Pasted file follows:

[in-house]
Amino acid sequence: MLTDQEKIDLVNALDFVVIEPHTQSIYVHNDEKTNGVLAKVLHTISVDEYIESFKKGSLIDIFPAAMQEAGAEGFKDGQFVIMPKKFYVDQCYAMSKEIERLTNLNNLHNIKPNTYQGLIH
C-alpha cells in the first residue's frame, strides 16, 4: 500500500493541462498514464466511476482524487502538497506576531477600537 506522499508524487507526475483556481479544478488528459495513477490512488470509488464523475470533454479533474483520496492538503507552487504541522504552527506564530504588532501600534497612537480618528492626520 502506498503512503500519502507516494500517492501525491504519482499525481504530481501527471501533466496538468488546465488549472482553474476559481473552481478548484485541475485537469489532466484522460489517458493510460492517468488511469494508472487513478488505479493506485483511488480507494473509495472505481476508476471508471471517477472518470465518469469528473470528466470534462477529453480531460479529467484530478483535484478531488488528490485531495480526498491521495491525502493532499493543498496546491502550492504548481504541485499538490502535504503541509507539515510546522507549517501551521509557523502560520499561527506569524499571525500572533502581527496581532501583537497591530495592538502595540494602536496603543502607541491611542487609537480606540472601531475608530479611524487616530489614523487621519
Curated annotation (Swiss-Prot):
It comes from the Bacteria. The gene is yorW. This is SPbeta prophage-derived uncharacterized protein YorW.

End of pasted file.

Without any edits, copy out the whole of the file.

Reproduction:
[in-house]
Amino acid sequence: MLTDQEKIDLVNALDFVVIEPHTQSIYVHNDEKTNGVLAKVLHTISVDEYIESFKKGSLIDIFPAAMQEAGAEGFKDGQFVIMPKKFYVDQCYAMSKEIERLTNLNNLHNIKPNTYQGLIH
C-alpha cells in the first residue's frame, strides 16, 4: 500500500493541462498514464466511476482524487502538497506576531477600537 506522499508524487507526475483556481479544478488528459495513477490512488470509488464523475470533454479533474483520496492538503507552487504541522504552527506564530504588532501600534497612537480618528492626520 502506498503512503500519502507516494500517492501525491504519482499525481504530481501527471501533466496538468488546465488549472482553474476559481473552481478548484485541475485537469489532466484522460489517458493510460492517468488511469494508472487513478488505479493506485483511488480507494473509495472505481476508476471508471471517477472518470465518469469528473470528466470534462477529453480531460479529467484530478483535484478531488488528490485531495480526498491521495491525502493532499493543498496546491502550492504548481504541485499538490502535504503541509507539515510546522507549517501551521509557523502560520499561527506569524499571525500572533502581527496581532501583537497591530495592538502595540494602536496603543502607541491611542487609537480606540472601531475608530479611524487616530489614523487621519
Curated annotation (Swiss-Prot):
It comes from the Bacteria. The gene is yorW. This is SPbeta prophage-derived uncharacterized protein YorW.